Recently, Australian-born, New York City based Kirra Cheers (a Rangefinder 2012 “30 Rising Star of Wedding Photography” pick) blogged about a topic near and dear to her: capturing a real moment—full of real emotion—on a couple’s wedding day (shown here from a wedding she shot in Australia).
“I have blogged this sequence as part of a larger story previously but I wanted to share this moment between Kate and her grandfather again because it epitomizes everything I try to achieve with my wedding photography,” wrote Cheers in the post.
“It was just after the ceremony and [Kate's] grandfather had come to congratulate her. The joy and emotion is obvious in the first two photos but the intensity in the eyes in the last photo gives me goosebumps.”
I asked Kirra to not only discuss how she captured these moments, but also wondered if she had advice for other wedding photographers going after the same types of shots. Here’s what she had to say:
Jacqueline Tobin: For this particular sequence did you have to wait a long time for that moment to spontaneously occur?
Kirra Cheers: My favorite time to shoot at a wedding is directly after the ceremony when everyone comes to congratulate the couple. The emotion during this time is raw and uncensored, and I never like to rush the moment. I take a photojournalistic approach and focus on capturing a few key relationships.
I keep the grandparents on my radar knowing the resulting image will be one the bride and groom will appreciate for years to come. Kate’s grandpa was one of the first people to congratulate her. The joy and emotion of the moment is obvious and I was glad I was in position ready to capture it.
JT: How can photographers to stay aware of moments like these when so much else is going on during the wedding day?
KC: I think it is important to know what type of photographer you want to be, what type of imagery you want to produce, and what your priorities are on the day. For me, real moments full of honest emotion are my priority. I make sure I give the couple enough space for these to happen naturally. I also like to develop a relationship with my clients before the day. Knowing where they have come from gives me an idea about the story I want to tell and what details I want to focus on.
JT: Do you ever receive a shot list from your brides? What’s your strategy for getting moments like the ones here [of Kate and her grandfather] that might otherwise go unnoticed?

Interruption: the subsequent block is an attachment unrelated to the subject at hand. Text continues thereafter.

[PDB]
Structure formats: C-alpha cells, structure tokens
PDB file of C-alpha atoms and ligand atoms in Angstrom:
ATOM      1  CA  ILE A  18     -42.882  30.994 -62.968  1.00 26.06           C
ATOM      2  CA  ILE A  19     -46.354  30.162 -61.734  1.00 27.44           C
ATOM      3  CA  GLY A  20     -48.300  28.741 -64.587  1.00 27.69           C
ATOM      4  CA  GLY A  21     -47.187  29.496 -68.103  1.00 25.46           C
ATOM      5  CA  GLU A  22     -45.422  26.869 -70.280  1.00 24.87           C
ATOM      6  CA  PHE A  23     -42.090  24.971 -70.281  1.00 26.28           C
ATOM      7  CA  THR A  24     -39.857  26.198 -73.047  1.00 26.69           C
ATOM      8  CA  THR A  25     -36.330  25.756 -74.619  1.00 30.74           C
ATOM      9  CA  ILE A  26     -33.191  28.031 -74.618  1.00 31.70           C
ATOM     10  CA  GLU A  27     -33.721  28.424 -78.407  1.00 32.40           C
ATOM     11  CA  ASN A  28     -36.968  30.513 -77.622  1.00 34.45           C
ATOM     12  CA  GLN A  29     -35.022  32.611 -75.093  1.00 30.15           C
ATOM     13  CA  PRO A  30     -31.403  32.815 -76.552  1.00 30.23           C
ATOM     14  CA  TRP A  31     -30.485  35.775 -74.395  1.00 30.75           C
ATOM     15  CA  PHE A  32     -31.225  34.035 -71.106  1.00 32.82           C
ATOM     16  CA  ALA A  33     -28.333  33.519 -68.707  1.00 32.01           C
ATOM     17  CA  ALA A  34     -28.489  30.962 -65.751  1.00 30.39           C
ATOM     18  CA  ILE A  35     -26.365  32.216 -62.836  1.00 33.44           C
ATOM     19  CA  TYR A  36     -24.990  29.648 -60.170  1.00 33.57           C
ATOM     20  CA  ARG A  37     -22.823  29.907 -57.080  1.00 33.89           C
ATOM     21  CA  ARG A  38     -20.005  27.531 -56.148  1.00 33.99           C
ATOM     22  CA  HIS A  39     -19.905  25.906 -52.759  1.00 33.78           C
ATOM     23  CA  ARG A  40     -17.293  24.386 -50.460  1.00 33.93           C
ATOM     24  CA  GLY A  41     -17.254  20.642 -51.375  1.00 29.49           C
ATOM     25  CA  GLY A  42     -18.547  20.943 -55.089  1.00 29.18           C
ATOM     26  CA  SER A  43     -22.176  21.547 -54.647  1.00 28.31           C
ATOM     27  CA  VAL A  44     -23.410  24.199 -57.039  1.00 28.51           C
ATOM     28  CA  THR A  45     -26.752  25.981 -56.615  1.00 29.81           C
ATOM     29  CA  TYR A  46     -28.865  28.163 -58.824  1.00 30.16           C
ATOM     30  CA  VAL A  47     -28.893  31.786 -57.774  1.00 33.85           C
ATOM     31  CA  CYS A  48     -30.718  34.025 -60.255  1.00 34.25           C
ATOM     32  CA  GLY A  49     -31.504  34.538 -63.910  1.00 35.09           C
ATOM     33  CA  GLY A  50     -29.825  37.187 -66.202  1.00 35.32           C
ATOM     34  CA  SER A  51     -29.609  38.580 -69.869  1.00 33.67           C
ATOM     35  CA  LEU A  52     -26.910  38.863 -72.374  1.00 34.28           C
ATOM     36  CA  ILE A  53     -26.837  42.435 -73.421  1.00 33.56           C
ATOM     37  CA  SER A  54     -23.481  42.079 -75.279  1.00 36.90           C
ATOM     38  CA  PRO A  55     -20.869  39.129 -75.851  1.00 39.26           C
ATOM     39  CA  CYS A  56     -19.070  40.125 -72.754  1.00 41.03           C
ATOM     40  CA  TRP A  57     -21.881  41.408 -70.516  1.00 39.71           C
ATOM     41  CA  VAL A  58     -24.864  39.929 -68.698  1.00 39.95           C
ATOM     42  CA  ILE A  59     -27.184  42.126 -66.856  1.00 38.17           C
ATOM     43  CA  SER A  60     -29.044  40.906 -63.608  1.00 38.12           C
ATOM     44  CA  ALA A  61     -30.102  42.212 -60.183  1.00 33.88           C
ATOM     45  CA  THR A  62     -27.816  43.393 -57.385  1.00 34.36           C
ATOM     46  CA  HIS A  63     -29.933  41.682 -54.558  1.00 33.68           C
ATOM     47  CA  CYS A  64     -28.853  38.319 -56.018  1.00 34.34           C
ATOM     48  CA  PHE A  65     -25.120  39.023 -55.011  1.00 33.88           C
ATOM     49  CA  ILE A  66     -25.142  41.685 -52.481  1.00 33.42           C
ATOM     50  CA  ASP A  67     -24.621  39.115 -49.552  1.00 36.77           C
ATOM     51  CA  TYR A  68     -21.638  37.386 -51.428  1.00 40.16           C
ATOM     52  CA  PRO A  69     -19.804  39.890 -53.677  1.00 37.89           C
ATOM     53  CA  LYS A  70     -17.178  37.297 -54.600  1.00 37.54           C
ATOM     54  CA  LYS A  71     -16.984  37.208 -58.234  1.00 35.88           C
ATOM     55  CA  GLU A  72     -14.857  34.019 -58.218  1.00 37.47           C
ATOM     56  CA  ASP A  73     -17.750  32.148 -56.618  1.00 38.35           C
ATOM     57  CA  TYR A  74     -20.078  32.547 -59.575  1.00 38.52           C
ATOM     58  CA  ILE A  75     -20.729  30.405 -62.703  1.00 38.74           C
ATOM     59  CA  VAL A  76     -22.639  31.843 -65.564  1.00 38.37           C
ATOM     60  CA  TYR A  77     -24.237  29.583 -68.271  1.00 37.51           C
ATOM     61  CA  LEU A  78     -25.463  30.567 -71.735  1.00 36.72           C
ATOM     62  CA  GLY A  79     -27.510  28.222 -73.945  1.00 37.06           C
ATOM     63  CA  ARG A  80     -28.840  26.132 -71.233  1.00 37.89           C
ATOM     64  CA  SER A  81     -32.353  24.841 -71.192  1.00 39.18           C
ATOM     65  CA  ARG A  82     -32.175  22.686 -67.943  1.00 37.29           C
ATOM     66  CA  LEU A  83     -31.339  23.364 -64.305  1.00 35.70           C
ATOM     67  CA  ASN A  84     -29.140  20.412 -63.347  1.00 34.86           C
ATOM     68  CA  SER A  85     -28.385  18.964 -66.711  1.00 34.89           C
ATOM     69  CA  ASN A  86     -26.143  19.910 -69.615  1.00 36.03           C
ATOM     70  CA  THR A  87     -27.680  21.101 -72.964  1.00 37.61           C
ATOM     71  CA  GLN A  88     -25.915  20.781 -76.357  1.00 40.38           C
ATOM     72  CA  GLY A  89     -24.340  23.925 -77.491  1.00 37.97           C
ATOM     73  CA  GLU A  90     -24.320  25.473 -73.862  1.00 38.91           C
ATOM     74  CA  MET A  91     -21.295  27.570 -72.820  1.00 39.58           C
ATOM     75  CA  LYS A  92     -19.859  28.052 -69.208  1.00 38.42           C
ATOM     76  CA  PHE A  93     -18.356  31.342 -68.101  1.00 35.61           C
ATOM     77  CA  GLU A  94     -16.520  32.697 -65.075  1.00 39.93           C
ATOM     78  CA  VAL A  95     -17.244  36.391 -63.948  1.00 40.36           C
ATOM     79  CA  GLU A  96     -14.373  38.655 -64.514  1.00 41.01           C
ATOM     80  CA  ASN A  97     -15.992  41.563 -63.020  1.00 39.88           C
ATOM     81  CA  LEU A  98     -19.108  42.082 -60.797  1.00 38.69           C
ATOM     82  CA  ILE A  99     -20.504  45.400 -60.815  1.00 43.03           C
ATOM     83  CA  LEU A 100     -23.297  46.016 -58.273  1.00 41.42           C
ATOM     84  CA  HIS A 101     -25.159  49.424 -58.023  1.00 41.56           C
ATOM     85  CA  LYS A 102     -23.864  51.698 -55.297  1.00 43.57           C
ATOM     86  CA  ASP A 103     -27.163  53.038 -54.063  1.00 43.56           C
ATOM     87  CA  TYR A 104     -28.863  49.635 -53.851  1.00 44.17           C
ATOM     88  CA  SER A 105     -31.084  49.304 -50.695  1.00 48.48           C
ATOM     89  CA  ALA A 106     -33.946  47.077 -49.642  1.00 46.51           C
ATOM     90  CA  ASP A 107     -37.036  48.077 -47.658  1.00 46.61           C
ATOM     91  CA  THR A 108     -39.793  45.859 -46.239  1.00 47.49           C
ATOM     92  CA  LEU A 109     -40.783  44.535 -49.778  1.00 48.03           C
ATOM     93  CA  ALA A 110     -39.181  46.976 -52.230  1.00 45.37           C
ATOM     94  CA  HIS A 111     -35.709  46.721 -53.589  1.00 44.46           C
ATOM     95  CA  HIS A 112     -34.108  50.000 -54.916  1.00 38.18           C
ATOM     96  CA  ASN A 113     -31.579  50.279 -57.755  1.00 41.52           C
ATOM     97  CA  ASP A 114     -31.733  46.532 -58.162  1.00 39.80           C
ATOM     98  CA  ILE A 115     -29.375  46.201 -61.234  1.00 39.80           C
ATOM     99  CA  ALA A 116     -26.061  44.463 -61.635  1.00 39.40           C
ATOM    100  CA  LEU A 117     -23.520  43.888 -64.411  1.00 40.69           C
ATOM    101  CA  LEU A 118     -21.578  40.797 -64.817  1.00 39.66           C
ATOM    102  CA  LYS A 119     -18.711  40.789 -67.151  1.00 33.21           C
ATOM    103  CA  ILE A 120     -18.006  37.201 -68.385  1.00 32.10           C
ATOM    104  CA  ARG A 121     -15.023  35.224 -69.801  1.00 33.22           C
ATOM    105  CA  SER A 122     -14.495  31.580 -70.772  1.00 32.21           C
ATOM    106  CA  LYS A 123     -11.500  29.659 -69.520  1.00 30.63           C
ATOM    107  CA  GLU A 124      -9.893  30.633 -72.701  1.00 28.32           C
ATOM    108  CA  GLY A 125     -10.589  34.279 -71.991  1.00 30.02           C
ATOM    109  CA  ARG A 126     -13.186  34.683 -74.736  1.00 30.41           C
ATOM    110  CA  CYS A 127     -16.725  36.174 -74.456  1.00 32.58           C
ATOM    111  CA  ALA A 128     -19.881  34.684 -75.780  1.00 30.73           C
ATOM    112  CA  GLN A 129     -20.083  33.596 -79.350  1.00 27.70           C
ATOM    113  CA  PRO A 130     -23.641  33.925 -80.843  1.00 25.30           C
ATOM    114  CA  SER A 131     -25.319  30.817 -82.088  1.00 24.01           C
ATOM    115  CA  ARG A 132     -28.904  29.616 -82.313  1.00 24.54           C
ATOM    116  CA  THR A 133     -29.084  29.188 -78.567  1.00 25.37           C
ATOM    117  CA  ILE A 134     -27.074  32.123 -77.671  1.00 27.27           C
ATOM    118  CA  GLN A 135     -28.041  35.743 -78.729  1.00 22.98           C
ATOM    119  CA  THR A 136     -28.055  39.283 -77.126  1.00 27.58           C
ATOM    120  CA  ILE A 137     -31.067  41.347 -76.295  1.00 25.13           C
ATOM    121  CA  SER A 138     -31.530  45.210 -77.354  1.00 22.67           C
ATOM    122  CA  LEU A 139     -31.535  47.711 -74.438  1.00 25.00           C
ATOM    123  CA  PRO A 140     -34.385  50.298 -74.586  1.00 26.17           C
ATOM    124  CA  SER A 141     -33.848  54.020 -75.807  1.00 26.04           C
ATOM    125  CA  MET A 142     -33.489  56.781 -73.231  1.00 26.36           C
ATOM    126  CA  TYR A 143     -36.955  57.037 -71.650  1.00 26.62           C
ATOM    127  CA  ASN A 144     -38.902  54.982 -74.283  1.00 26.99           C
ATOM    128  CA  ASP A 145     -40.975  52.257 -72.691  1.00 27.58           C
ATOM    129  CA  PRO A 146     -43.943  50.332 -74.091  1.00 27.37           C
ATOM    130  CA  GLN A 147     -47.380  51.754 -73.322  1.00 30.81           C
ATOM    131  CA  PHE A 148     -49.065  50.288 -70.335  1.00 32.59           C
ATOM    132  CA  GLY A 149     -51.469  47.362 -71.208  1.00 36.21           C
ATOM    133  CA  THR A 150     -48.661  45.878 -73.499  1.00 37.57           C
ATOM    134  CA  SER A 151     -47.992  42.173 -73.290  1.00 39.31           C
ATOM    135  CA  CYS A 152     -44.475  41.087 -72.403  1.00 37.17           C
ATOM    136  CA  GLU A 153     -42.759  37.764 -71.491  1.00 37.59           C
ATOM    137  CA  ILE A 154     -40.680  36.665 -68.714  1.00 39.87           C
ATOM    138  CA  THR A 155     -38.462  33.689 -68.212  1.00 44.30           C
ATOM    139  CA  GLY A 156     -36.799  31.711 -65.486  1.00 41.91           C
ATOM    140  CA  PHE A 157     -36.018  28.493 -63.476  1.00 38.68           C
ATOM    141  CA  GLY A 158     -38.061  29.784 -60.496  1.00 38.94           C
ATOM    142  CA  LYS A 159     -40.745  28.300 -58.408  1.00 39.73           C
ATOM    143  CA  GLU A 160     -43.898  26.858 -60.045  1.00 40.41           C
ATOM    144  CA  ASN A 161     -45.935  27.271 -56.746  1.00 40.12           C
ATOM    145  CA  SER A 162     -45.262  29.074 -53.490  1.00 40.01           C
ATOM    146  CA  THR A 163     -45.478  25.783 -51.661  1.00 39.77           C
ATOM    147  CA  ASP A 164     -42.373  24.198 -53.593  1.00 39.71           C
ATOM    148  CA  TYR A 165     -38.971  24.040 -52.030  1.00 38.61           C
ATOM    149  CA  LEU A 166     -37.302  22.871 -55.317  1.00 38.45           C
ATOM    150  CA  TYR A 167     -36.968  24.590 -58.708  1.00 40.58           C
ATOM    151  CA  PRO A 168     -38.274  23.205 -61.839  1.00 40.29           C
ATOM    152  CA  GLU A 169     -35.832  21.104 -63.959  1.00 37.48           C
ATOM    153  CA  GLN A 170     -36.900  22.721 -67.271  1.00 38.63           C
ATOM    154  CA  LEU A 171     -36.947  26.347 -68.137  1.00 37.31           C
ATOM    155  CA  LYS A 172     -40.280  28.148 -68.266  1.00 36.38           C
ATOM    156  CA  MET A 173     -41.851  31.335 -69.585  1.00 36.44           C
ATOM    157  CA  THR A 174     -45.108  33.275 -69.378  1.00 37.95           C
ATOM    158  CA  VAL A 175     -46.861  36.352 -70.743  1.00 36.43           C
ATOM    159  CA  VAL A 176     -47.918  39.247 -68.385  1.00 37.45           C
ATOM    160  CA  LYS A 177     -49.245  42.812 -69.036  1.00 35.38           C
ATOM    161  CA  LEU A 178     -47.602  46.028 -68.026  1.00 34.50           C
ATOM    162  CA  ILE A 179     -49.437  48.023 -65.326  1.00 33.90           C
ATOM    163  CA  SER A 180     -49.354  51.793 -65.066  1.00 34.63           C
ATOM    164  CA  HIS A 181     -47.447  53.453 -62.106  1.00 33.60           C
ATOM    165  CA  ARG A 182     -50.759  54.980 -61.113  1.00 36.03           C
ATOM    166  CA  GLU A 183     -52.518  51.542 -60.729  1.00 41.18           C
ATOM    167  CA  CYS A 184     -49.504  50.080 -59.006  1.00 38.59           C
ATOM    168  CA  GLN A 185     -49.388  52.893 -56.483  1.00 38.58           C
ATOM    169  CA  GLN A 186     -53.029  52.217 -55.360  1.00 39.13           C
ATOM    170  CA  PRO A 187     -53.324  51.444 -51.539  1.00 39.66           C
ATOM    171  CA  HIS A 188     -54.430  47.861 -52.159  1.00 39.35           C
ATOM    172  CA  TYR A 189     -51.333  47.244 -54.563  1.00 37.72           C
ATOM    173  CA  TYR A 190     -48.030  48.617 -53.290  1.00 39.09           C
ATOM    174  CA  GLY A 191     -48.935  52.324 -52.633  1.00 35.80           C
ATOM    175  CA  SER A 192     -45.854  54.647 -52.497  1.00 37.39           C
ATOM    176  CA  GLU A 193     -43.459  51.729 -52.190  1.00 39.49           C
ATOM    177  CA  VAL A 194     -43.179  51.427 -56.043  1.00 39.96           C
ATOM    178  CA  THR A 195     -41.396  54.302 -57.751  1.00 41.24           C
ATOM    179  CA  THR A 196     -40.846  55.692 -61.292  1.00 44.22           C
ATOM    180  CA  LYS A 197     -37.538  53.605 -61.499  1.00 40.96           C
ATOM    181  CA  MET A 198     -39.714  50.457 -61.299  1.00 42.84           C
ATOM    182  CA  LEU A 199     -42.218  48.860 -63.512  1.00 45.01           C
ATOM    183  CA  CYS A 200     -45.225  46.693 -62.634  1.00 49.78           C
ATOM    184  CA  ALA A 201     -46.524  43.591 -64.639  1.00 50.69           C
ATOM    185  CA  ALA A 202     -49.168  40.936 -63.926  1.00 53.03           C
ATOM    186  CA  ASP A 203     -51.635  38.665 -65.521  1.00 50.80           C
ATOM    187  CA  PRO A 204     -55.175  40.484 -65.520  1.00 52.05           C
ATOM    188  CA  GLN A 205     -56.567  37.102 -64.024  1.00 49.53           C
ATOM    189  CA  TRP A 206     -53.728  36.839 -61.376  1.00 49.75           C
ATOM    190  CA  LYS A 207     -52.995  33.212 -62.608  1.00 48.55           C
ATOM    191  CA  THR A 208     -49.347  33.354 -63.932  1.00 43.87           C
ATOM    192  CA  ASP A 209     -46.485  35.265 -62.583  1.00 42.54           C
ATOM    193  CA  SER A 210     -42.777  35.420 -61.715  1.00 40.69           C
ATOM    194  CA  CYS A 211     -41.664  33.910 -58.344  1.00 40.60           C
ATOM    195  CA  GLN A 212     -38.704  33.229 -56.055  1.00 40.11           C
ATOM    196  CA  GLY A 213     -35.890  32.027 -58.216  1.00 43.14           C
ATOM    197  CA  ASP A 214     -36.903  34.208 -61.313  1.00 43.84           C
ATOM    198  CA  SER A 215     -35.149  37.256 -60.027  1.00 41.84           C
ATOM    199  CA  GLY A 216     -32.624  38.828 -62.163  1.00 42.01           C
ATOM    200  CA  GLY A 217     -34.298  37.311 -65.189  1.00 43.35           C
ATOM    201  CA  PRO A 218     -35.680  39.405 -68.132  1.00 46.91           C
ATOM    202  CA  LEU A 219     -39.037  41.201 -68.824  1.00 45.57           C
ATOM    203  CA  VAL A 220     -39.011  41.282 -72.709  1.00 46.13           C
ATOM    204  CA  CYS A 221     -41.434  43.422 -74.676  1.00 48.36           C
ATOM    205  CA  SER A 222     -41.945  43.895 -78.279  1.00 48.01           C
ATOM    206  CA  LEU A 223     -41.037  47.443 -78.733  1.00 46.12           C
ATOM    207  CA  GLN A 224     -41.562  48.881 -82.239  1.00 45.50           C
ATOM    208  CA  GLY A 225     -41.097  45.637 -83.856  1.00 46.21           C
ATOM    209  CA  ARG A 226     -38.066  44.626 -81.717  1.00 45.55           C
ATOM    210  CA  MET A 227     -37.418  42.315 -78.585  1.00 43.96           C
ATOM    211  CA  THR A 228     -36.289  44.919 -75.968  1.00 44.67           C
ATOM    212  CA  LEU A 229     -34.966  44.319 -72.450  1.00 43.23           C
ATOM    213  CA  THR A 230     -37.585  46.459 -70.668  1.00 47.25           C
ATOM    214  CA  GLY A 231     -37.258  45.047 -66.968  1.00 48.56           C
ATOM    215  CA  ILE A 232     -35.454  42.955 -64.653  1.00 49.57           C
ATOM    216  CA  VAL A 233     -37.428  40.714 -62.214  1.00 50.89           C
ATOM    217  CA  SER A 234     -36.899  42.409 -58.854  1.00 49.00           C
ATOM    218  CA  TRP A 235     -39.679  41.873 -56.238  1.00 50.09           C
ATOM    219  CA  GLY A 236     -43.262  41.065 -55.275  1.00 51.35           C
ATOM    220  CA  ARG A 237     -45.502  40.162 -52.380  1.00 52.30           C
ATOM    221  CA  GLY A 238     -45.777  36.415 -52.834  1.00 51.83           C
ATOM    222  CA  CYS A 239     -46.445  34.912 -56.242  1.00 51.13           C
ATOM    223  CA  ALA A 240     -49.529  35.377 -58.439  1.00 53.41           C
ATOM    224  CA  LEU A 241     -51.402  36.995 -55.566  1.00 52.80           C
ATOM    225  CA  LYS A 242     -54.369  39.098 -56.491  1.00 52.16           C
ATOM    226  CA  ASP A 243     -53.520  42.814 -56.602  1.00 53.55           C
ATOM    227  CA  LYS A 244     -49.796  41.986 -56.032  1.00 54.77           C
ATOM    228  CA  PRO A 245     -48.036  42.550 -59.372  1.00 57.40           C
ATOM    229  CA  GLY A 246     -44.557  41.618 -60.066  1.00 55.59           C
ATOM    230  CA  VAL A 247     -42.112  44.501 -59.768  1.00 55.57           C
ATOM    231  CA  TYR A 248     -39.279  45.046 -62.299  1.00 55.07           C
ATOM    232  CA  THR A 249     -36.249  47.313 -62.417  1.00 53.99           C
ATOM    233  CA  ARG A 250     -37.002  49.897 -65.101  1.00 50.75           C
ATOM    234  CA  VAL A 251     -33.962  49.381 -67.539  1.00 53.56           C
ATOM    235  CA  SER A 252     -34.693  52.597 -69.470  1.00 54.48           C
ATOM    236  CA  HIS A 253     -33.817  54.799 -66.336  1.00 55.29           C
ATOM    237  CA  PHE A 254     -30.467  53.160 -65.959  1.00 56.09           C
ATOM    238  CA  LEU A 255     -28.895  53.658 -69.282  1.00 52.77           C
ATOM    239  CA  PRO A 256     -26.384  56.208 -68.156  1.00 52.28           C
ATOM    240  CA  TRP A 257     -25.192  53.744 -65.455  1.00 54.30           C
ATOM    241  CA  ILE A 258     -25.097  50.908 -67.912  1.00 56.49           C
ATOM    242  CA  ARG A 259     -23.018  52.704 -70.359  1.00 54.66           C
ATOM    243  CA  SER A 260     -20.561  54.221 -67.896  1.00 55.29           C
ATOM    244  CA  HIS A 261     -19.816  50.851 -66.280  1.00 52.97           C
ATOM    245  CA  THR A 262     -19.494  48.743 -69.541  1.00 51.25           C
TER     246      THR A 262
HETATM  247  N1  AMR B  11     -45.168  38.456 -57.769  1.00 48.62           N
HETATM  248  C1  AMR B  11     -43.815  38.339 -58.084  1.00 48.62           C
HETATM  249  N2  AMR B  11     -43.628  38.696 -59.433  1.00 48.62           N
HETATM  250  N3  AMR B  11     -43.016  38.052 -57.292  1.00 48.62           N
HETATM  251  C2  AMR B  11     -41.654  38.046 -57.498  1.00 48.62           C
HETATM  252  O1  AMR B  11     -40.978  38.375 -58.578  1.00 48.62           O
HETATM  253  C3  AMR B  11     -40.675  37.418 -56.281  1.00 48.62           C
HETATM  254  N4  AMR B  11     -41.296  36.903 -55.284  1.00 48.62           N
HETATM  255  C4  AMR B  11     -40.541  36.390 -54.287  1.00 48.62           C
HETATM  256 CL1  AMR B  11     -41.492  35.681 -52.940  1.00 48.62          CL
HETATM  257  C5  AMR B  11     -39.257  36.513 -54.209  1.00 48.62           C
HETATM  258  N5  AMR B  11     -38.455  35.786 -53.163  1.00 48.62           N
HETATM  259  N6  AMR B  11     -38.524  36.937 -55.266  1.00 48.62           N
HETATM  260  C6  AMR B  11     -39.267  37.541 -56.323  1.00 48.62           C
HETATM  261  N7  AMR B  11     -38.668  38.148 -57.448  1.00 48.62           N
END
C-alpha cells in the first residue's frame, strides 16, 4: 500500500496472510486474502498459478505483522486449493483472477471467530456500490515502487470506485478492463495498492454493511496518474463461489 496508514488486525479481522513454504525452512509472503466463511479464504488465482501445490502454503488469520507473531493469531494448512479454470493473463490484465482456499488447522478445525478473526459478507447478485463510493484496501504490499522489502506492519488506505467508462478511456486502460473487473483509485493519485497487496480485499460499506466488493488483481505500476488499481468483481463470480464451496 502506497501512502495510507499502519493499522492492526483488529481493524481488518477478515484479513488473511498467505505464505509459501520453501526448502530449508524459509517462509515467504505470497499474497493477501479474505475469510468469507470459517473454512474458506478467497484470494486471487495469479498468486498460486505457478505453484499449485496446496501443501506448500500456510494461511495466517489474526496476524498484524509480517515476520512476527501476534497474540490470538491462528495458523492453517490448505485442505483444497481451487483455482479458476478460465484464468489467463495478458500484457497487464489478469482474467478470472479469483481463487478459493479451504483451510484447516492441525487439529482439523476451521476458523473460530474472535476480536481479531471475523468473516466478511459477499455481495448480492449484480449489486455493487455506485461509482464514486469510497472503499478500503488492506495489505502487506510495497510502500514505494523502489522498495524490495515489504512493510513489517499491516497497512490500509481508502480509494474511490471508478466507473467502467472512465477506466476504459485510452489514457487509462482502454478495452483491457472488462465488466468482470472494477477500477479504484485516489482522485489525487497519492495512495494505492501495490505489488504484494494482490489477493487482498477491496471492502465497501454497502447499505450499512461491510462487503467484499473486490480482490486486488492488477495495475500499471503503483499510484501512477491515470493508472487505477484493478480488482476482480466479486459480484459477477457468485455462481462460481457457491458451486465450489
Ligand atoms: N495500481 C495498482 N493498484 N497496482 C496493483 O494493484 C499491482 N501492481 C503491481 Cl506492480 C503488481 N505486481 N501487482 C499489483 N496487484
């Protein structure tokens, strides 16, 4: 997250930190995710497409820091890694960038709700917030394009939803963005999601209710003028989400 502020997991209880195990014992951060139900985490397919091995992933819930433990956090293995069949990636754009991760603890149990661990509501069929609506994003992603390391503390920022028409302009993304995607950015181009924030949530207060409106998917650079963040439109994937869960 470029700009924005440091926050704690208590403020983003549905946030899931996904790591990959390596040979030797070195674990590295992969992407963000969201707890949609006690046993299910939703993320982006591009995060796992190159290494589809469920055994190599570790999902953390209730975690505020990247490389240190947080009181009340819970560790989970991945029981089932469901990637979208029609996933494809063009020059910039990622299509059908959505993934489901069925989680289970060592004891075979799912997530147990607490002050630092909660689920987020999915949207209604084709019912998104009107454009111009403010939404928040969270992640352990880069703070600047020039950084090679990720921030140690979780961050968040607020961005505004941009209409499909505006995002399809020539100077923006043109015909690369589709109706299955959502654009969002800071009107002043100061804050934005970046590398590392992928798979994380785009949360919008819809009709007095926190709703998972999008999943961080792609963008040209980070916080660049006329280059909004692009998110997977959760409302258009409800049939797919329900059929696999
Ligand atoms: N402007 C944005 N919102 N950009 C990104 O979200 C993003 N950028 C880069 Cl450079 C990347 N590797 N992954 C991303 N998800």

KC: Australian brides are a little more chilled out and keen to go with the flow, but in America I almost always work with a shot list. I let my assistant handle it and remind me when I need to be aware of a detail or moment that the couple have requested I capture. That way I can concentrate on photographing whilst someone else handles the logistics.
JT: Were you shooting in rapid sequence to get this particular trio of images?
KC: I am not really a rapid-fire shooter. I choose to select my moments more carefully. Different approaches work for different photographers, but for me keeping calm and waiting for the right moment produces the best results. I think my approach also helps keep the couple calm. I am not running around frantically so neither are they.
JT: Did you even know the gems you had when you were shooting?
KC: This moment between Kate and her grandfather seemed to unfold in slow motion. It was beautiful to witness and I knew I had captured something special.
JT: What equipment do you use at a wedding; what were you shooting with here?
KC: This sequence was taken on my 24-70mm Nikon 2.8. I prefer this lens when I am shooting in crowds because I can zoom in and focus on specific moments. My favorite lens is my 35mm 1.4 but I also shoot with a 70-200mm 2.8 and an 85mm 1.4. My primary body is a Nikon D800 and my secondary a Nikon D700. I occasionally use a monopod for lowlight work at the reception or ceremony and I am in love with my Gitzo traveller tripod. I also recently purchased an Incase Pro bag and couldn’t be happier with it.
JT: Where did this wedding take place?
KC: It was held on the Mornington Peninsula, a two-hour drive out of Melbourne. I had actually photographed Kate as a bridesmaid three times previously and I was so excited for Kate that it was her turn. I flew back from New York City to photograph the wedding. It was such a relaxed vibe—Kate and John were already familiar with how I work, and seeing some of my past brides felt a bit like a reunion. I am happy I was there to photograph Kate’s story and look I forward to watching their family grow.